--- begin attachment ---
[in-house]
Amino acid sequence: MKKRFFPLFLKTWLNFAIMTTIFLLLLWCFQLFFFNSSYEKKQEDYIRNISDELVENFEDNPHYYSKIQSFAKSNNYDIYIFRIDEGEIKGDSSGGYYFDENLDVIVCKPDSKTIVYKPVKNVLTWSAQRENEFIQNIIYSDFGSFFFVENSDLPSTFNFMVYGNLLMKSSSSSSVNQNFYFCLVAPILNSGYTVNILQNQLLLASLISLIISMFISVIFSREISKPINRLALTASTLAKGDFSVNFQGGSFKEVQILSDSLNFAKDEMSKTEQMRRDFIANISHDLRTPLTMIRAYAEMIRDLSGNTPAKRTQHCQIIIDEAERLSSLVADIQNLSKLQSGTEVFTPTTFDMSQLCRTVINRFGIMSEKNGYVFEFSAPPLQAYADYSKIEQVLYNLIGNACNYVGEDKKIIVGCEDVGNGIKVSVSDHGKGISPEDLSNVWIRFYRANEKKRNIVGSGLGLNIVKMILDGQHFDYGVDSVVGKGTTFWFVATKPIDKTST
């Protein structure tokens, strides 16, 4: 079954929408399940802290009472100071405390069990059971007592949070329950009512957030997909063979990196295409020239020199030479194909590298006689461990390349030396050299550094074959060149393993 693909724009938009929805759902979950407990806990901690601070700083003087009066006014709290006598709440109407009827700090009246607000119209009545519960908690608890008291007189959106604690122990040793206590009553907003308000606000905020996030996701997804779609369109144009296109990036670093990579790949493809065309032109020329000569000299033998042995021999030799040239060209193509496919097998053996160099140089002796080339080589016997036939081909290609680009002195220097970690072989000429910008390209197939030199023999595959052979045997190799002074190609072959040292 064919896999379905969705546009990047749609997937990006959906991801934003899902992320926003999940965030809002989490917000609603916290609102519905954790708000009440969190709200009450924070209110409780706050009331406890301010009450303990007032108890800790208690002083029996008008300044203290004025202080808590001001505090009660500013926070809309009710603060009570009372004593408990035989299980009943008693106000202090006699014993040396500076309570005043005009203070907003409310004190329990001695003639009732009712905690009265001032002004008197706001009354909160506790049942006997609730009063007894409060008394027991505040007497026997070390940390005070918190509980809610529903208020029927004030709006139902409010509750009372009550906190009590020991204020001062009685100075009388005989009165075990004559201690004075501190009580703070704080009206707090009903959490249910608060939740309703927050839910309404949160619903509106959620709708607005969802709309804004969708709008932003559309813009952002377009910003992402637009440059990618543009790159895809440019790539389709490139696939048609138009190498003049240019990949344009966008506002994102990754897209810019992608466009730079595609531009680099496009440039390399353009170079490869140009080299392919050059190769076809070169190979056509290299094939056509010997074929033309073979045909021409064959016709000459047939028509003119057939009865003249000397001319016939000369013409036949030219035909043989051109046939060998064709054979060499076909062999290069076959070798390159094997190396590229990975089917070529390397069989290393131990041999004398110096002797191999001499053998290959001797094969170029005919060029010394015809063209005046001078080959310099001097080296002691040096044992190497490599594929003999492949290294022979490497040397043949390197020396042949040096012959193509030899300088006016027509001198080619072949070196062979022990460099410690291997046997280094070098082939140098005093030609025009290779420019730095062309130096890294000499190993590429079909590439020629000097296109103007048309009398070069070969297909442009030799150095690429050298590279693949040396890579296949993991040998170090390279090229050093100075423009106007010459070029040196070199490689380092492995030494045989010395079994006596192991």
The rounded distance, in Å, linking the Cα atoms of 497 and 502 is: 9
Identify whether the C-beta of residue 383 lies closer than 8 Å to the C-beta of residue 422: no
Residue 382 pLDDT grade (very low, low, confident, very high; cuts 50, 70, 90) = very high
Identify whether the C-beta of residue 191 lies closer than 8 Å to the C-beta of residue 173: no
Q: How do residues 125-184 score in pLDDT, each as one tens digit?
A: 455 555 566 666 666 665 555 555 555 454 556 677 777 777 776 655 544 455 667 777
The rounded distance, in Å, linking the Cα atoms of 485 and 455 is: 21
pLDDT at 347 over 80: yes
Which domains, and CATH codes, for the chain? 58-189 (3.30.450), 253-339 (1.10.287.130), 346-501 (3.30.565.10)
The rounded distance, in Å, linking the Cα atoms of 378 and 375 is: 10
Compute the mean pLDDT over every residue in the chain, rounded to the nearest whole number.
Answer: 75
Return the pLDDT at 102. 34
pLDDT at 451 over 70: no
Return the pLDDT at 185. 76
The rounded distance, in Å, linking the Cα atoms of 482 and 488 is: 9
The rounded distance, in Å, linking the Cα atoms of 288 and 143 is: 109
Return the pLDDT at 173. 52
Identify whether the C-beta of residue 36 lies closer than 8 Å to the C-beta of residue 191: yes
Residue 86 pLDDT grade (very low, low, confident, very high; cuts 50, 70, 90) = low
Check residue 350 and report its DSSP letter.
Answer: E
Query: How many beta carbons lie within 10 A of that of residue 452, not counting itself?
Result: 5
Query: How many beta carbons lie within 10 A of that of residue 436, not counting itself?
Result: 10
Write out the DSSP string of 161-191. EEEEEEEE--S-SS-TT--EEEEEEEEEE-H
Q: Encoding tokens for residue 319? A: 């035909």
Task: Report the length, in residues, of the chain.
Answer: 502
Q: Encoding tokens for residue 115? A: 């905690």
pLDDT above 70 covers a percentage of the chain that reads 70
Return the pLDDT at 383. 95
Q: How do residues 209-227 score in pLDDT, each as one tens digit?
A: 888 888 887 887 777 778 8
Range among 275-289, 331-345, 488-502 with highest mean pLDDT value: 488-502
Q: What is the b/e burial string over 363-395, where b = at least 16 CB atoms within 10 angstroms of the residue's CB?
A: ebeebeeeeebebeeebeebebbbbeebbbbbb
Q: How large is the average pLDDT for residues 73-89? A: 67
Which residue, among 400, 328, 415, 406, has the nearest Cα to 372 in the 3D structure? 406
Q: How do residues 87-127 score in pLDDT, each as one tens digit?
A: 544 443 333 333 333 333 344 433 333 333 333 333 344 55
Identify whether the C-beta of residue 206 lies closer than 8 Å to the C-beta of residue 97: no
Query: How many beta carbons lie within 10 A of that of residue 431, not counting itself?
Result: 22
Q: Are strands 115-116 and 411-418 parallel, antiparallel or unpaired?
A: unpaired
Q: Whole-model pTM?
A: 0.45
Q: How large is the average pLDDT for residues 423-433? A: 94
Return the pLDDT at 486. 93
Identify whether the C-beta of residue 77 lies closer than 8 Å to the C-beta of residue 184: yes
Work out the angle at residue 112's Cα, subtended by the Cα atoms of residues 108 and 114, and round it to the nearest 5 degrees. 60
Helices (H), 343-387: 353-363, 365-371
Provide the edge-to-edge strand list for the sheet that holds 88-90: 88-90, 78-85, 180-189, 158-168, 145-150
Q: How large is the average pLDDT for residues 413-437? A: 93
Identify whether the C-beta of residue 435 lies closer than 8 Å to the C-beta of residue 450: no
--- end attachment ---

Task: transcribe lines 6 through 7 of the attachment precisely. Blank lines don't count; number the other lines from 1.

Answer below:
Residue 382 pLDDT grade (very low, low, confident, very high; cuts 50, 70, 90) = very high
Identify whether the C-beta of residue 191 lies closer than 8 Å to the C-beta of residue 173: no